This is Woodley House DC: Meet Chris

This is the first installment in our #thisiswoodleyhousedc series: Meet Chris! When you ask Woodley House residents and staff to describe Chris, the words helpful, respected, flexible and a leader come to mind. Although he’s only been part of the Woodley House program for two years, he’s made a major impact on his fellow residents and is a true asset to our program.

Chris says he was born into a family of helpers. He remembers his parents organizing all the neighbors on their block to give out food baskets every Thanksgiving to those in need. Following that tradition, Chris works every Tuesday in our Food Pantry, loading shelves and giving out food. Helping others comes naturally to him, but it took a while to get there.

Chris_Woodley House

Chris came to Woodley House in 2019, having been homeless off and on for a few years. Chris moved into our Holly House group home in the Shepard Park neighborhood. Holly House provides permanent supportive housing for 8 adults with severe mental illness, most of whom are seniors who experienced chronic homelessness in their past. Chris’ case worker hoped that Holly House might provide the stability he needed. In the beginning, Chris didn’t trust anyone and wasn’t sure that he’d be there for long. Slowly he started to listen to staff about how to adjust to his new home. Attending Day Programs, he learned how to interact with people — when to step up and when to distance himself — learning to adapt to changing situations. Over time he came to be great friends with and a huge help to his older housemates who needed extra help with daily living tasks.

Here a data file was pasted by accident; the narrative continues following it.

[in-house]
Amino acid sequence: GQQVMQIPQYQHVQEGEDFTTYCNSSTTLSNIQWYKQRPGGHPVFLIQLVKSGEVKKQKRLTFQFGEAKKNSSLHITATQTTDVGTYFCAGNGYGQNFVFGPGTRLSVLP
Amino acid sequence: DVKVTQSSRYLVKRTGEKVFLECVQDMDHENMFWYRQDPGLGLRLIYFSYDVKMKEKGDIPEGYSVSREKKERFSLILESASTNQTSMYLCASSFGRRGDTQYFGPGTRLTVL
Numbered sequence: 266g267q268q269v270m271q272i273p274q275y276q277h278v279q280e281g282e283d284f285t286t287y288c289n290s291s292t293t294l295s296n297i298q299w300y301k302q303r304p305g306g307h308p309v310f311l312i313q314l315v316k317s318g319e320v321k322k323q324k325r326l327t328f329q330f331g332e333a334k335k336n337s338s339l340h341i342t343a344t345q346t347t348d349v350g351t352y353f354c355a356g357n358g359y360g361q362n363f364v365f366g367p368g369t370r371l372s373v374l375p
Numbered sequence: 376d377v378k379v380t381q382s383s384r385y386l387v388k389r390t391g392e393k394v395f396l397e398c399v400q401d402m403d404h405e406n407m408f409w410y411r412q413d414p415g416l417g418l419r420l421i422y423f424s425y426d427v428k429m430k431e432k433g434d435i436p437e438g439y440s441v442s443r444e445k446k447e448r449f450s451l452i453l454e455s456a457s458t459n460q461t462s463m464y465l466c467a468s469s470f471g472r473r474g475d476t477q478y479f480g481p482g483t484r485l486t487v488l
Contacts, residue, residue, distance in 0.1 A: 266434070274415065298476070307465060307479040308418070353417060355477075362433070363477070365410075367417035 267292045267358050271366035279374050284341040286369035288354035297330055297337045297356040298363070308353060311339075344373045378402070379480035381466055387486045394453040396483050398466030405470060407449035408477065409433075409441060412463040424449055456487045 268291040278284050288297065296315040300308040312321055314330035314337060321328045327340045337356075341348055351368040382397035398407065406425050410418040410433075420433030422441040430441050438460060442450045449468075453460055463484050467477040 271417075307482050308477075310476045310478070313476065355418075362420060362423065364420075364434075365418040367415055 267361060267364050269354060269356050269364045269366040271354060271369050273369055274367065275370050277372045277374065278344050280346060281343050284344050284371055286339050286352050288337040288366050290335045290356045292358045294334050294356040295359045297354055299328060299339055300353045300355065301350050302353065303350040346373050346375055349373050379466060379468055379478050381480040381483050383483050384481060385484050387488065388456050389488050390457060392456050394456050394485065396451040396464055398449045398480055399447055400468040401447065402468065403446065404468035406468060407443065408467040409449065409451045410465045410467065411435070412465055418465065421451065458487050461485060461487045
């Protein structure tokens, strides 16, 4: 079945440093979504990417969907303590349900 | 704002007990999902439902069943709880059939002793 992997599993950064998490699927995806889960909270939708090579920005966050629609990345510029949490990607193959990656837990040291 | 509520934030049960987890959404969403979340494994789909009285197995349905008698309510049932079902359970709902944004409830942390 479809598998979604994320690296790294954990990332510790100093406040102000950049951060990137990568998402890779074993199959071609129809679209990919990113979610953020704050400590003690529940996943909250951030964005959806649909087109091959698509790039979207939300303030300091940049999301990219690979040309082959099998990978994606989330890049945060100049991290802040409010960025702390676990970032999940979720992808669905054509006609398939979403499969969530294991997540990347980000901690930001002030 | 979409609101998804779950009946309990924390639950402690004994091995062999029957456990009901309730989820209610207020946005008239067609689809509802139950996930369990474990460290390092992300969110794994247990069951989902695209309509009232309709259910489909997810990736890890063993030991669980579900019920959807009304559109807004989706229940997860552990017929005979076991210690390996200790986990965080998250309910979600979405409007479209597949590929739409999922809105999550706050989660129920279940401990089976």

Chris was doing so well that his case worker and our Woodley House Recovery Support Specialist agreed that he was ready to move into our Supported Independent Living Apartment Program. He now lives in his own apartment that he shares with two other residents. He still returns to Holly House for his Day Program and to visit with his Holly House friends. He receives a stipend for assisting as an aide to one of the senior residents at Holly House through a grant from the National Lutheran Impact1890 Foundation. He also volunteers every Tuesday at the Woodley House Food Pantry and receives a small stipend through a grant from the Rotary Foundation of Washington DC. He is interested in furthering his computer skills and taking classes in peer counseling or cooking.

When asked about his best memory of Woodley House, he thinks of how he didn’t trust anyone in the beginning, but that they taught him everything that he knows! Chris says he’s “found my niche” and is happy to continue his parents’ legacy of a being a family of helpers.